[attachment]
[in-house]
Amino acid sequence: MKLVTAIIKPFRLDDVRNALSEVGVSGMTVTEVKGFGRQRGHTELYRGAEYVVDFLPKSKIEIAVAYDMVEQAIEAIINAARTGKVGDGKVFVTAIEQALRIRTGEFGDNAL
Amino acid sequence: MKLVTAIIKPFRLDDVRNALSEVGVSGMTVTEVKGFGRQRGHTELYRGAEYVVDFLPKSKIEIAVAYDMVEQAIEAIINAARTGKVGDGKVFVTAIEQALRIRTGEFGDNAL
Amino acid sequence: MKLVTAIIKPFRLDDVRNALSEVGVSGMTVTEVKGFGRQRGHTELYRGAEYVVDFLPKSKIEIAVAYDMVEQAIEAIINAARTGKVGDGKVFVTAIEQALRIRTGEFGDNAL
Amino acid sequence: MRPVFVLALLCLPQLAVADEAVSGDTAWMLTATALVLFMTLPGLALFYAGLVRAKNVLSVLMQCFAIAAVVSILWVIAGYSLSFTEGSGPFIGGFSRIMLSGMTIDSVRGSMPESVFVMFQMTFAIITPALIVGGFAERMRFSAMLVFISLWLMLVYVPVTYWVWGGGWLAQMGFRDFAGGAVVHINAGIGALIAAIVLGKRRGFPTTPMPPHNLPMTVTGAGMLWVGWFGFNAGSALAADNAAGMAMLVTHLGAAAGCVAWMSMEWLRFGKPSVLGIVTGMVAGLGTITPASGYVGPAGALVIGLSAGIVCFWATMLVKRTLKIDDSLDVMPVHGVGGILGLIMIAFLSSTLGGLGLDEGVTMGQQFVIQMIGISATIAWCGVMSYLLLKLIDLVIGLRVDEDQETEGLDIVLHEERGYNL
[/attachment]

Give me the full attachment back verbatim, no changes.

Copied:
[in-house]
Amino acid sequence: MKLVTAIIKPFRLDDVRNALSEVGVSGMTVTEVKGFGRQRGHTELYRGAEYVVDFLPKSKIEIAVAYDMVEQAIEAIINAARTGKVGDGKVFVTAIEQALRIRTGEFGDNAL
Amino acid sequence: MKLVTAIIKPFRLDDVRNALSEVGVSGMTVTEVKGFGRQRGHTELYRGAEYVVDFLPKSKIEIAVAYDMVEQAIEAIINAARTGKVGDGKVFVTAIEQALRIRTGEFGDNAL
Amino acid sequence: MKLVTAIIKPFRLDDVRNALSEVGVSGMTVTEVKGFGRQRGHTELYRGAEYVVDFLPKSKIEIAVAYDMVEQAIEAIINAARTGKVGDGKVFVTAIEQALRIRTGEFGDNAL
Amino acid sequence: MRPVFVLALLCLPQLAVADEAVSGDTAWMLTATALVLFMTLPGLALFYAGLVRAKNVLSVLMQCFAIAAVVSILWVIAGYSLSFTEGSGPFIGGFSRIMLSGMTIDSVRGSMPESVFVMFQMTFAIITPALIVGGFAERMRFSAMLVFISLWLMLVYVPVTYWVWGGGWLAQMGFRDFAGGAVVHINAGIGALIAAIVLGKRRGFPTTPMPPHNLPMTVTGAGMLWVGWFGFNAGSALAADNAAGMAMLVTHLGAAAGCVAWMSMEWLRFGKPSVLGIVTGMVAGLGTITPASGYVGPAGALVIGLSAGIVCFWATMLVKRTLKIDDSLDVMPVHGVGGILGLIMIAFLSSTLGGLGLDEGVTMGQQFVIQMIGISATIAWCGVMSYLLLKLIDLVIGLRVDEDQETEGLDIVLHEERGYNL